> that this is the right  choice  "
> Absolutely. I think this i right.  303 separates a thing from a
> document about a thing.  While it makes perfect sense to have more
> than one 303, the semantics are not at all transitive.  An example of
> when one might 303 the URI of a document might be when the URI
> identifies a huge database and you want to respond with some RDF which
> explains to the client how to access the data through a SPARQL
> endpoint, or how navigate the database table by table.


> _______________________________________
> ** You say, "For example, if dereferencing
> # http://example/foo yields a 200 response with RDF/N3 content
> # that parses to an n3 formula (i.e., a set of RDF assertions),
> # then the rules for URI declaration will not automatically
> # require everyone who writes that URI to accept those assertions."
> This suggests that if there *is* a declaration, then anyone using the
> URI *is* assumed to accept the declaration.   This makes sense, but
> attempts to delimit the commitment I have seen to date have found it
> hard.  Do you also commit to the declarations all the URIs used as
> predicates and types in a declaration, recursively (I call this
> "ontological closure")?  (effectively, you have to or nothing works)
> Do you commit to ANY URI used in a declaration, even as subject or
> object? (No, or you pull in the whole GGG).  I think in practice there
> will be time when people use URIs but in fact disagree with things in
> the ontological closure. Could be this is best described as an error,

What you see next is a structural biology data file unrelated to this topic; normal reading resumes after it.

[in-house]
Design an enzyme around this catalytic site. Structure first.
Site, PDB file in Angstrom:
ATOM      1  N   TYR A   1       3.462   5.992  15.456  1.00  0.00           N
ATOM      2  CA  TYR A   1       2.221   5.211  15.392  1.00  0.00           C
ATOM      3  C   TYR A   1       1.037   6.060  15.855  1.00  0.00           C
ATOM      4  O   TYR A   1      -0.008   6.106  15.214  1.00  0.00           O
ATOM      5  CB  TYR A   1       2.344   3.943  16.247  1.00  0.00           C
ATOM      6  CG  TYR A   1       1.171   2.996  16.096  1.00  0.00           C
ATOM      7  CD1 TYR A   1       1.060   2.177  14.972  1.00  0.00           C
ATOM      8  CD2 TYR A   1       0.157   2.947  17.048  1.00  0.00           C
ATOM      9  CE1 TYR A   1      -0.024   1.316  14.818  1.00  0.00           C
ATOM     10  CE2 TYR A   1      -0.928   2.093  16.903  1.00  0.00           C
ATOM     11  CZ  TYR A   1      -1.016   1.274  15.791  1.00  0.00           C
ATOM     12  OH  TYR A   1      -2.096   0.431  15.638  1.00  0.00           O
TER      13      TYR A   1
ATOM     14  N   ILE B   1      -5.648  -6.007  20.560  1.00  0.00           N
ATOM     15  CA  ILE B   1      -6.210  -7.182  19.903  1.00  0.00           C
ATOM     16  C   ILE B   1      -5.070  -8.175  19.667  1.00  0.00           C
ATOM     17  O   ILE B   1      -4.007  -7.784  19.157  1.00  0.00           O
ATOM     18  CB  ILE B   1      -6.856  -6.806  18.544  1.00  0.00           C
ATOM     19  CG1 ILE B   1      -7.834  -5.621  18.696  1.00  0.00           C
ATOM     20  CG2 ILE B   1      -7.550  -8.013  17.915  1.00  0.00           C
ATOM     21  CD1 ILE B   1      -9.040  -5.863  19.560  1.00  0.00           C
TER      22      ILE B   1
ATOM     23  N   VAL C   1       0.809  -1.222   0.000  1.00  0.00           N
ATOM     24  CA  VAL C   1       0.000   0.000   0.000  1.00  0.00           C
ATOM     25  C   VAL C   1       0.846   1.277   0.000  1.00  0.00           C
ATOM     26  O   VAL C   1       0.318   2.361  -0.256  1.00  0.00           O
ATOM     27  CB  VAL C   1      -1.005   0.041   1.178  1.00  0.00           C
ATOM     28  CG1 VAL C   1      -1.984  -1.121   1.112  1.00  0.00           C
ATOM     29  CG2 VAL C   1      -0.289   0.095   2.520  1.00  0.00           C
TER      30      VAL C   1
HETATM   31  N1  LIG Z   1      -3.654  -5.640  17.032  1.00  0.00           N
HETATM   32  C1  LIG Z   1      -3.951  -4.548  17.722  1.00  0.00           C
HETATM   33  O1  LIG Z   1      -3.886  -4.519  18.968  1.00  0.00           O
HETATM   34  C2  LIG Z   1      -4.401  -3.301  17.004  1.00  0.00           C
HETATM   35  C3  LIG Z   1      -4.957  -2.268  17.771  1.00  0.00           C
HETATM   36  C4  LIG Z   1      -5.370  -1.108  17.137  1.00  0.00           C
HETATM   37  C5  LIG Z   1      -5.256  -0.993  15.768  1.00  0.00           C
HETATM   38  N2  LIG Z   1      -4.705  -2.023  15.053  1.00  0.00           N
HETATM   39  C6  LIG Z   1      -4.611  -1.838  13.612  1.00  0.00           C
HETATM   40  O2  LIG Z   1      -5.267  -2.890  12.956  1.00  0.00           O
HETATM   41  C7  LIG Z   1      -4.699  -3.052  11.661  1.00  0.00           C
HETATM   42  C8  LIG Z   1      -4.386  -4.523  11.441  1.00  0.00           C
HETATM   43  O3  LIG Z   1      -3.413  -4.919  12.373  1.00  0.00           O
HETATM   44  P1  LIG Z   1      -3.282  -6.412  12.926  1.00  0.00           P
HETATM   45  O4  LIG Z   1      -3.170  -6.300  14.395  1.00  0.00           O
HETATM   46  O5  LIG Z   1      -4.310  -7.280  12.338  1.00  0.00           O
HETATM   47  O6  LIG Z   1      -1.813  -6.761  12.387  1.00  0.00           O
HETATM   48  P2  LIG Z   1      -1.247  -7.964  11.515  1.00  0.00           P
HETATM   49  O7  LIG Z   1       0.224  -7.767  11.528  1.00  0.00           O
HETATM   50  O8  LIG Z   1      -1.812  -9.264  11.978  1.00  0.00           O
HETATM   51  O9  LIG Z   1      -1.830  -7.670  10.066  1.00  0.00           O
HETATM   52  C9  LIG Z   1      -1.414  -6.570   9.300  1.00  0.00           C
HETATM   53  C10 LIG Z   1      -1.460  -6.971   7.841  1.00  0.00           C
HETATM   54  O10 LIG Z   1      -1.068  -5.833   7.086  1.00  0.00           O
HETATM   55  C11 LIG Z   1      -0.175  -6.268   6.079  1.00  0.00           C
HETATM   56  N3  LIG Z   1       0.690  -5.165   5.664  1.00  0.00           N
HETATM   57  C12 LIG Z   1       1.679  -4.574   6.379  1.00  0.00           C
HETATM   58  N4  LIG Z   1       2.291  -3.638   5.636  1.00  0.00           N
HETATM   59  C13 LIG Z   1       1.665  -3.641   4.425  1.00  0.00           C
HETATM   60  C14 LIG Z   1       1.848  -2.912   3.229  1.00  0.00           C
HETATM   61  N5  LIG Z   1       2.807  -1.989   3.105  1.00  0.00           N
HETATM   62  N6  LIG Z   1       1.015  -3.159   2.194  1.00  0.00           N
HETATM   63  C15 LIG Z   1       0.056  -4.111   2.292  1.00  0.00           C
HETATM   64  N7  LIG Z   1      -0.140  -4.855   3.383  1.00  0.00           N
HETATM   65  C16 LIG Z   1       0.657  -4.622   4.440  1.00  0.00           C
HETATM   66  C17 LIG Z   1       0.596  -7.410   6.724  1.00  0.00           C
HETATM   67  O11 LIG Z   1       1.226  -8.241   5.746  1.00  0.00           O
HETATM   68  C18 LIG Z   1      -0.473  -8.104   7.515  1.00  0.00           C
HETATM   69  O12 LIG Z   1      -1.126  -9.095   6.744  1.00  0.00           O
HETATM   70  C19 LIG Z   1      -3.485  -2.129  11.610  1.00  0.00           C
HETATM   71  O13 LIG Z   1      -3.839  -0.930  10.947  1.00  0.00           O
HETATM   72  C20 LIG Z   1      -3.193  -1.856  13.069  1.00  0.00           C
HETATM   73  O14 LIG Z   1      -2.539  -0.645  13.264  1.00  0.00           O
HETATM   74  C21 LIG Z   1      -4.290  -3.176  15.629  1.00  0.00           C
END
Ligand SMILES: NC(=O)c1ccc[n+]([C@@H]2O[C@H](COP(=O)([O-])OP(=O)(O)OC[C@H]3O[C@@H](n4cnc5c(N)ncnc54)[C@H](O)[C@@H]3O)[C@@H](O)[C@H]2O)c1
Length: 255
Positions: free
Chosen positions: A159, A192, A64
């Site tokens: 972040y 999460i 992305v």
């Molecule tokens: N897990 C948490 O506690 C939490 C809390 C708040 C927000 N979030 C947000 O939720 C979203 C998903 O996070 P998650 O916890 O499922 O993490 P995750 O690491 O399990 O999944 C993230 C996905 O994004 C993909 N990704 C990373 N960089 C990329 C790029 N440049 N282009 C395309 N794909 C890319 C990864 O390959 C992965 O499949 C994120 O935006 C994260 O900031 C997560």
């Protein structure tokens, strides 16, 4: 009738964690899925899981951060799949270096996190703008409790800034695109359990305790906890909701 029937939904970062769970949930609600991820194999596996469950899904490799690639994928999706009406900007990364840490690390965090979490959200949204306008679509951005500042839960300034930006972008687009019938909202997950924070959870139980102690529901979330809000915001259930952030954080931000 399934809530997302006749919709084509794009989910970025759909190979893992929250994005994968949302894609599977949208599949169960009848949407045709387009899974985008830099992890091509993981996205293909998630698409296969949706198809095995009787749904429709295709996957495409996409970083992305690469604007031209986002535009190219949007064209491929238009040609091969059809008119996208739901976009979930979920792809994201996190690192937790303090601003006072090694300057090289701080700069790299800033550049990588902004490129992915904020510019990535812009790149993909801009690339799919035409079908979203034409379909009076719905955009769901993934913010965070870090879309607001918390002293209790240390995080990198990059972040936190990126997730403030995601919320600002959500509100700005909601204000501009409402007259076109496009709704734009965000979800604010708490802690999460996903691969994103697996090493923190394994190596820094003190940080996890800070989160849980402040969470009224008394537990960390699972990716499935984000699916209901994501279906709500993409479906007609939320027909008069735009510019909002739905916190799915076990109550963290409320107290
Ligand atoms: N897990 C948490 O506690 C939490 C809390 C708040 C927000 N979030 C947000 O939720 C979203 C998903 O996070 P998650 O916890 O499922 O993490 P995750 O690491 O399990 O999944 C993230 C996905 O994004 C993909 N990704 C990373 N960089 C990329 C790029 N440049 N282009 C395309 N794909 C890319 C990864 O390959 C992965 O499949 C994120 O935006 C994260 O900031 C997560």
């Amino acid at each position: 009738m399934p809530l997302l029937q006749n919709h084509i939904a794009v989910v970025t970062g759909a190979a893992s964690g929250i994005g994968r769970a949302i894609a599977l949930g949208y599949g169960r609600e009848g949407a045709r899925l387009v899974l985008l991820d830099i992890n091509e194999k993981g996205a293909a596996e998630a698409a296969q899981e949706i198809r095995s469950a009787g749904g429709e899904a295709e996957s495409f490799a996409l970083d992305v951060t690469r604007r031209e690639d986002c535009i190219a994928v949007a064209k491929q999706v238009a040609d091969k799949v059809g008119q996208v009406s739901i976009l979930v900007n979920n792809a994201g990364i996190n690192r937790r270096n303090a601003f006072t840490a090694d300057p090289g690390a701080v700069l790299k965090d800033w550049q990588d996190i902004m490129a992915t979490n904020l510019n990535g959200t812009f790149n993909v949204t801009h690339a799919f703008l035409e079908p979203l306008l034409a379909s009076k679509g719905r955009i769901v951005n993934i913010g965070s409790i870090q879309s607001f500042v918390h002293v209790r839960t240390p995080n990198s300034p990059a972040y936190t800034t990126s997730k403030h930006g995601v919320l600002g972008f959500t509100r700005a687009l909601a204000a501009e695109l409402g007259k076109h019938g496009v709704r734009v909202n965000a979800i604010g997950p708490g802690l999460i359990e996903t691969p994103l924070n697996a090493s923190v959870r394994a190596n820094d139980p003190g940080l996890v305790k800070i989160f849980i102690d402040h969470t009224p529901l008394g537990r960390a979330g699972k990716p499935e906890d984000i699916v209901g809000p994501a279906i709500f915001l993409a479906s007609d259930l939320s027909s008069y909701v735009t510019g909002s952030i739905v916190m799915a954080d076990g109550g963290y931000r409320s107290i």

> possibly uncaught.

Interesting comments.  I'll have to chew on this when I can think more clearly.

> _______________________________________
> ** Minor:  "Properties and rule for media type: text/rdf+n3. Not sure
> if this media type is registered yet, but  TimBL suggests it here..."
> During discussion around the registration process, there was strong
> push for changing this to text/n3.

Okay, I've changed it to text/n3.

> _______________________________________
> Conclusion
> The rules look like a great start.  It would be interesting to build
> HTTP out of TCP in fact, as well, but another project.
> It would be useful I think to try to find as much overlap between
> these terms and the ones the Tabulator uses.   I should make a
> function to dump the tabulator internal store so that one can grab
> real-life situations and run the rules on them.
> Also cwm could be expanded to put in the extra functions you need,
> like parsesTo.
> Tim

David Booth, Ph.D.
HP Software
+1 617 629 8881 office  |  dbooth@hp.com

Opinions expressed herein are those of the author and do not represent the official views of HP unless explicitly stated otherwise.
Received on Thursday, 28 February 2008 06:57:51 UTC